For almost an entire week, we have witnessed violent clashes between the police and Pakistan Tehreek-e-Insaf (PTI) workers in Punjab’s capital, Lahore. And on Saturday, the same visuals could be seen in both Lahore and the country’s federal capital, Islamabad. The state vs PTI Chairman Imran Khan paints a sorry picture for both politics and the writ of the state. It is as if no one cares about the consequences these clashes will lead to. The visuals on our television screens and on social media can lead one to think that no one is bothered about civility, be it the police or Khan loyalists. The past few days, we have seen lawlessness, desperation and disarray.
It could all have been avoided had Imran Khan presented himself before the court in the Toshakhana case on March 13. He had been summoned numerous times, but Khan refused to show up. After his non-bailable arrest warrants were issued by the court, the police acted on it and tried to arrest Khan. However, Khan refused to budge. Eventually, there was only chaos and mayhem. There was drama, disruption and disorder yet neither the state nor Khan and his party took a step back. We saw petrol bombs thrown at the police by PTI workers, tear gas and heavy shelling by the police. Yesterday, Khan’s non-bailable arrest warrants were finally cancelled by the court when he went to Islamabad. Though he could not go inside the court due to the clashes in the judicial complex between the PTI workers and the Islamabad Police, the court still accepted his ‘appearance’ while he was inside his car.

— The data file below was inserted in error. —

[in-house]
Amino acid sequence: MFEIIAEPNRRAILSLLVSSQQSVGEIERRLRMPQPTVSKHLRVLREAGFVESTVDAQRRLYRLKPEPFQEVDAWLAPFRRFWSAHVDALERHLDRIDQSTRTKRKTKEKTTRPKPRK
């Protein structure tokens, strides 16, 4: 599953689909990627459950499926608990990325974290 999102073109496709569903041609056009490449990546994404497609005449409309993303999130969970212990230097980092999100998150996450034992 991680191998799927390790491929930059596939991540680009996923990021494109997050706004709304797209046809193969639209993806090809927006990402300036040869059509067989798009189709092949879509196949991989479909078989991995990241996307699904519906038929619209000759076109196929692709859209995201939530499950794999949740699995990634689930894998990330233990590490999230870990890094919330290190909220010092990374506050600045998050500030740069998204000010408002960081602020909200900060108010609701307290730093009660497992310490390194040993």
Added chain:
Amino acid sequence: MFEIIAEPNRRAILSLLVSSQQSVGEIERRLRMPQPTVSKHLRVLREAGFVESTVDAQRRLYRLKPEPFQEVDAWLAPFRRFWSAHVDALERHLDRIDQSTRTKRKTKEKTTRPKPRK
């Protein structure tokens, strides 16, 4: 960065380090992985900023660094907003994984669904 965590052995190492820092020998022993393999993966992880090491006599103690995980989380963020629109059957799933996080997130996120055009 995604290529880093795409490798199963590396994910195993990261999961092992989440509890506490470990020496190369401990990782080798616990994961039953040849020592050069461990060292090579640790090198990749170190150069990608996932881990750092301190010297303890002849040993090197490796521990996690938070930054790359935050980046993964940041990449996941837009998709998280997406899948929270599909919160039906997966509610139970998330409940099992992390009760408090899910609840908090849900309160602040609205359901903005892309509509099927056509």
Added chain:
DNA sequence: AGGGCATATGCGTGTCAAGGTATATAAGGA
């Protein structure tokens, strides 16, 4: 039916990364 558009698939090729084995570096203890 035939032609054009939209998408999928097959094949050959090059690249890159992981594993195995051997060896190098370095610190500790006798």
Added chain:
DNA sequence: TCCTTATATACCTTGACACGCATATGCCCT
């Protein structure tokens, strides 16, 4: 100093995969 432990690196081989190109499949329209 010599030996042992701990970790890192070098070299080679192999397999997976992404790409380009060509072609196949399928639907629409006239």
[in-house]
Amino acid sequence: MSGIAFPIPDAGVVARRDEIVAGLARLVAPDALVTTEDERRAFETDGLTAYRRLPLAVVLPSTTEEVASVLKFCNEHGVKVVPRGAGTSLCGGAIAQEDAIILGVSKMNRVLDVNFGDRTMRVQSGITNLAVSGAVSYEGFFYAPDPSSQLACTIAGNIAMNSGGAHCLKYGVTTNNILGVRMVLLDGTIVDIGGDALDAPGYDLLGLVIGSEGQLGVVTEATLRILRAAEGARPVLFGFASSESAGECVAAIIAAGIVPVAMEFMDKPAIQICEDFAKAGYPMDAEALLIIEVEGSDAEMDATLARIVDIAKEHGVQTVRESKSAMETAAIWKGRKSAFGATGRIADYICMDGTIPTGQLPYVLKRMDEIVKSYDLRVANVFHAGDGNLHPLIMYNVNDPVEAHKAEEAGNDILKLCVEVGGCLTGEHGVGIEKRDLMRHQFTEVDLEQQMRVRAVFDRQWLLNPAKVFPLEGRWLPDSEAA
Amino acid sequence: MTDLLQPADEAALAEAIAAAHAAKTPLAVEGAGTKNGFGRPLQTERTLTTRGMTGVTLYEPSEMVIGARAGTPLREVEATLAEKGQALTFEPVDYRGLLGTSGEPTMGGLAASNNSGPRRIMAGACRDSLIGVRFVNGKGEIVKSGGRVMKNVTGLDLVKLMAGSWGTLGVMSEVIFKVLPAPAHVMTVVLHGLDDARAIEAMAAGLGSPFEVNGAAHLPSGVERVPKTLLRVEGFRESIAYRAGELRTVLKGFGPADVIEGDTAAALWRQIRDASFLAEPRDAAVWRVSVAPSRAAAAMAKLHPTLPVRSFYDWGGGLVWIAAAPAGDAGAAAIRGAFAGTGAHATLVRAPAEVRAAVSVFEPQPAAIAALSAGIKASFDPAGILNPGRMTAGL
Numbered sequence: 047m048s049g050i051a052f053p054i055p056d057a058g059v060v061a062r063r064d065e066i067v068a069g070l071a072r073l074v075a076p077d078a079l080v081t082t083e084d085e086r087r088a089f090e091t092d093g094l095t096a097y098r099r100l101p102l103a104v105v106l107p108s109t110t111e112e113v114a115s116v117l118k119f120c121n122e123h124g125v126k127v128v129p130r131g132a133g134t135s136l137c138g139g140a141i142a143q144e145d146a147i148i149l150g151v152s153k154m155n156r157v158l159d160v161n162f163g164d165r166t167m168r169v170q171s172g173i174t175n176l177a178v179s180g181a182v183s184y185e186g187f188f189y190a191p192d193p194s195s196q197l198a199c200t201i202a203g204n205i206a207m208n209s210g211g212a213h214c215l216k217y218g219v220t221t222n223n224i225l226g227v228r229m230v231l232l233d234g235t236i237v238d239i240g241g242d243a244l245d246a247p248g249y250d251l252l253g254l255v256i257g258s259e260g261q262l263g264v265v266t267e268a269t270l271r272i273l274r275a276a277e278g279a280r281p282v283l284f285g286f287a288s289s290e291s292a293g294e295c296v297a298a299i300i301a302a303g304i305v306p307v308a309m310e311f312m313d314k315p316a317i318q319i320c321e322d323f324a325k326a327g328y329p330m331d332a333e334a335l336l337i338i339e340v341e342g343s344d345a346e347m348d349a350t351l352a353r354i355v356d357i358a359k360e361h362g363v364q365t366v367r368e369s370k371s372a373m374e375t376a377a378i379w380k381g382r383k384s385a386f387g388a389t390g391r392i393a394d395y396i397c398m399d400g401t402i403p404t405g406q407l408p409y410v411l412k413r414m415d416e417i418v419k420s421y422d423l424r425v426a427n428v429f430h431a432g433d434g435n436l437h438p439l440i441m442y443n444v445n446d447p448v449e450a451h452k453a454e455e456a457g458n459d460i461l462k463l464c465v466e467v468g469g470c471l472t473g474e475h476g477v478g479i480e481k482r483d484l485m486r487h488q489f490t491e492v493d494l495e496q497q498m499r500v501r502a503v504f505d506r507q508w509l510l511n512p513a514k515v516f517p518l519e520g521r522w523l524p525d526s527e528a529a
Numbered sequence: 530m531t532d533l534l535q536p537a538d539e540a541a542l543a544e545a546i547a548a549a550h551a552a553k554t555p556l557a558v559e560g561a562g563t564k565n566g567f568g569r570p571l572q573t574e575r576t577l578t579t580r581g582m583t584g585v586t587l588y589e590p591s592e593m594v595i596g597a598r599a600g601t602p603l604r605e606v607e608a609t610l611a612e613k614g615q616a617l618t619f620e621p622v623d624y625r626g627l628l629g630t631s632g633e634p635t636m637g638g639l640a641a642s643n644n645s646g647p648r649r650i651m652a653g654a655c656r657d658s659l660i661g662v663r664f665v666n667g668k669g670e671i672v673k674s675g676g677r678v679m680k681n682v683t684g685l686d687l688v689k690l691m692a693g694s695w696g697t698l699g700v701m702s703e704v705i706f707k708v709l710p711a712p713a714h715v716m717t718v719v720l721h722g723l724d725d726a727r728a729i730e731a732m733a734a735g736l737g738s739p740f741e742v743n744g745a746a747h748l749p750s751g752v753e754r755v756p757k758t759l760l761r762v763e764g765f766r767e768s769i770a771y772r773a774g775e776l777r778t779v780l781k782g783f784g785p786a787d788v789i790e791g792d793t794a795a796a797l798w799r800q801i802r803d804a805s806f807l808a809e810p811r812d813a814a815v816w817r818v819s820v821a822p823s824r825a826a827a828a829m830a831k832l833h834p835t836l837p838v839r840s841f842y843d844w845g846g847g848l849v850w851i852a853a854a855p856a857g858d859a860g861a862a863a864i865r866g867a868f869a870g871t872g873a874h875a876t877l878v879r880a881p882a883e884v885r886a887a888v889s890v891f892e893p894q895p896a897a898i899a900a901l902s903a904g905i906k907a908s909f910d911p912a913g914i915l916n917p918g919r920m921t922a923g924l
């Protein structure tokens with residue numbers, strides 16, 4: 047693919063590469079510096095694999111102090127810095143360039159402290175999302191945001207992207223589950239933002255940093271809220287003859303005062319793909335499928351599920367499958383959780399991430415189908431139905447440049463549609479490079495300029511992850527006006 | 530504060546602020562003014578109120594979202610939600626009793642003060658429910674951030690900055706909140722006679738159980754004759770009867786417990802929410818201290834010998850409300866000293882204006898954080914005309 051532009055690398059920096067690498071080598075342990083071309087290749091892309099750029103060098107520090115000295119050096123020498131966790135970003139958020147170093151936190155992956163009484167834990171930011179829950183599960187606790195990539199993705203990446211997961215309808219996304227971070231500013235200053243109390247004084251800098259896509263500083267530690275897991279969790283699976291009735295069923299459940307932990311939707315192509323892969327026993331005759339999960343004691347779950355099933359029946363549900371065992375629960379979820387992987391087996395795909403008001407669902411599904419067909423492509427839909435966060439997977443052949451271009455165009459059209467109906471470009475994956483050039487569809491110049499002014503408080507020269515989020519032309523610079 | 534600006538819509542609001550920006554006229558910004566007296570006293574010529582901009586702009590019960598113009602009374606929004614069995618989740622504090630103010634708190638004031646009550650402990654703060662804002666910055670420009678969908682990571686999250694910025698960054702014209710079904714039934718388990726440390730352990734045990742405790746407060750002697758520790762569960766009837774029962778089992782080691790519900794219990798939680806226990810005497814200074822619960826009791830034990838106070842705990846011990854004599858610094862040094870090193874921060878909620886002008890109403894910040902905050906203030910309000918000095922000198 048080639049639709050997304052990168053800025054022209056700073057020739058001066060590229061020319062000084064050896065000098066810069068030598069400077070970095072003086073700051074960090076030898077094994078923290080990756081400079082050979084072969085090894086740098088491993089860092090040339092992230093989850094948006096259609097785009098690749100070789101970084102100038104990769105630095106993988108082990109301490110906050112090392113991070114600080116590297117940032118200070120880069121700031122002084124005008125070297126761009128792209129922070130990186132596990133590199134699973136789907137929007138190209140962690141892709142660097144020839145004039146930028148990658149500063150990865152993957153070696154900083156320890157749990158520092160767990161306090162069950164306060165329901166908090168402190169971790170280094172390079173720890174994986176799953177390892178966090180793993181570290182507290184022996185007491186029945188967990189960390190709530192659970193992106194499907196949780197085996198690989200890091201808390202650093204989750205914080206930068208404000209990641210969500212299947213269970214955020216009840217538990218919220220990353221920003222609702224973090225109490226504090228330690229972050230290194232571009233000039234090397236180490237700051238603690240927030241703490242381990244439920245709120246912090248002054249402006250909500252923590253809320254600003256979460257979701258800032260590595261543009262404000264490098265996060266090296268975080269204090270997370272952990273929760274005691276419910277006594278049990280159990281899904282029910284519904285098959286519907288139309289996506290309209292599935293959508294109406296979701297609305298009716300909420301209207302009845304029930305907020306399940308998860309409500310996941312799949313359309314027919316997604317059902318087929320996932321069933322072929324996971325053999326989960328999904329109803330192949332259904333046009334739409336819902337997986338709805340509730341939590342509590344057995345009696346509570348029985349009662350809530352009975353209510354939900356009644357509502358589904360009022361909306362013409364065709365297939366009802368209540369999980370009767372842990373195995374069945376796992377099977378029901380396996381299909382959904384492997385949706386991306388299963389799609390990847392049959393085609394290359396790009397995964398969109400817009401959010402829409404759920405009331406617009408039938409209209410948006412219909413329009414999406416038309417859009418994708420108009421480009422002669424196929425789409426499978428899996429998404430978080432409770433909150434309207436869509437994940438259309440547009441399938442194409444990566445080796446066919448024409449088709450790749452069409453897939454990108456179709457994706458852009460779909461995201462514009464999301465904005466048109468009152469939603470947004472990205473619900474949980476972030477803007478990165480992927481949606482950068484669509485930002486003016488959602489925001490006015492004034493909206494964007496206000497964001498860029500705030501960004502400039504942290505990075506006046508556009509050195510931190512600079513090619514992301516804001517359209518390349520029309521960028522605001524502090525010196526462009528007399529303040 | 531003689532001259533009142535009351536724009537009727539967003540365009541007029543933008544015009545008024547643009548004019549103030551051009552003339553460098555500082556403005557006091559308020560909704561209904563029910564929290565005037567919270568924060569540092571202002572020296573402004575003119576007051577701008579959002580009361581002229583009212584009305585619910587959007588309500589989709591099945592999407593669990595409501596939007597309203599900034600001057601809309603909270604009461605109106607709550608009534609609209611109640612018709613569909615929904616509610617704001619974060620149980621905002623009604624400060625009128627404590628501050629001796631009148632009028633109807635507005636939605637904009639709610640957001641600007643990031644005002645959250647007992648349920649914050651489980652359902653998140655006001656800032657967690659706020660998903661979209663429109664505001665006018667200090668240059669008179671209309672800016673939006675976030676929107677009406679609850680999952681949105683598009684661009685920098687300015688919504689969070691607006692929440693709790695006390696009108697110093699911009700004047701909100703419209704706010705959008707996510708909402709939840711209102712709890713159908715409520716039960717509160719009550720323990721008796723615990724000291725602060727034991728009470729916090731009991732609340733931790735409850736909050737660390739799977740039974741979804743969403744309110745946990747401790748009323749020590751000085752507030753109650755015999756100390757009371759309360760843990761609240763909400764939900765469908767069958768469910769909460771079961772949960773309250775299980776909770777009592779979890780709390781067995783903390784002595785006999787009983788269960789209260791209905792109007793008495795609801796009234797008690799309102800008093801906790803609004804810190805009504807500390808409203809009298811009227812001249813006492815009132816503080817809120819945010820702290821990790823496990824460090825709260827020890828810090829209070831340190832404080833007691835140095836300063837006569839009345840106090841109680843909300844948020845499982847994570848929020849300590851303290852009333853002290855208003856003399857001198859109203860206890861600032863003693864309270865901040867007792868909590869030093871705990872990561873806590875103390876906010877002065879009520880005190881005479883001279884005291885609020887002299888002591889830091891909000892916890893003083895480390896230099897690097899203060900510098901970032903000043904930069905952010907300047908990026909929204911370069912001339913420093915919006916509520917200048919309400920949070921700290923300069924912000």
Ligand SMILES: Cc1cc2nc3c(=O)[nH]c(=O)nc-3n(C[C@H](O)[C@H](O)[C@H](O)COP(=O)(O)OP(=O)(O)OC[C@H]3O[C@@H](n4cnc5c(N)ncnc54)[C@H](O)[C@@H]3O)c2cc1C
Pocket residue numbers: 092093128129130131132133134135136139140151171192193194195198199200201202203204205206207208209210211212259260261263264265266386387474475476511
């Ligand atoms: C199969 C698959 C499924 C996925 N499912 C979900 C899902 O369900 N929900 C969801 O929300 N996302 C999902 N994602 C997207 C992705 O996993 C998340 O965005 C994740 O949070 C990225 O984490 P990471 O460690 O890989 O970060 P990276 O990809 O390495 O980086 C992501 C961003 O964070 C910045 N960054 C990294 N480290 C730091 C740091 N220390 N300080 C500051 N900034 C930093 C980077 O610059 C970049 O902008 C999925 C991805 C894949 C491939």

On the other hand, when Khan was on his way to Islamabad, the police in Lahore went to his Zaman Park residence to conduct a search operation. From bulldozing walls to throwing paintings here and there, the police claims to have allegedly recovered weapons and petrol bombs from Zaman Park. PTI will move the court for contempt proceedings against the police for alleged violence against PTI workers, Khan’s staff and for violating the sanctity of Khan’s home. Both the use of force by the police and the way that Khan resisted his arrest through violence have raised several questions.
What could have been done to avoid all the unrest that Lahore had to bear? Khan should have followed the rule of law and appeared before the court on March 13. The state’s response when its writ was challenged was shelling, rubber bullets, tear gas and breaking the gate of Khan’s residence at Zaman Park. What we have seen is that when titans collide, everything gets destroyed and no one really wins. Both ends lose and there is nothing to celebrate. We hope that after this episode, there will not be a repeat of what we saw last week. We hope that party workers and state institutions show patience, civil ways to support their leaders and not create law and order situation. We hope to see less political chaos and more stability in the coming days.
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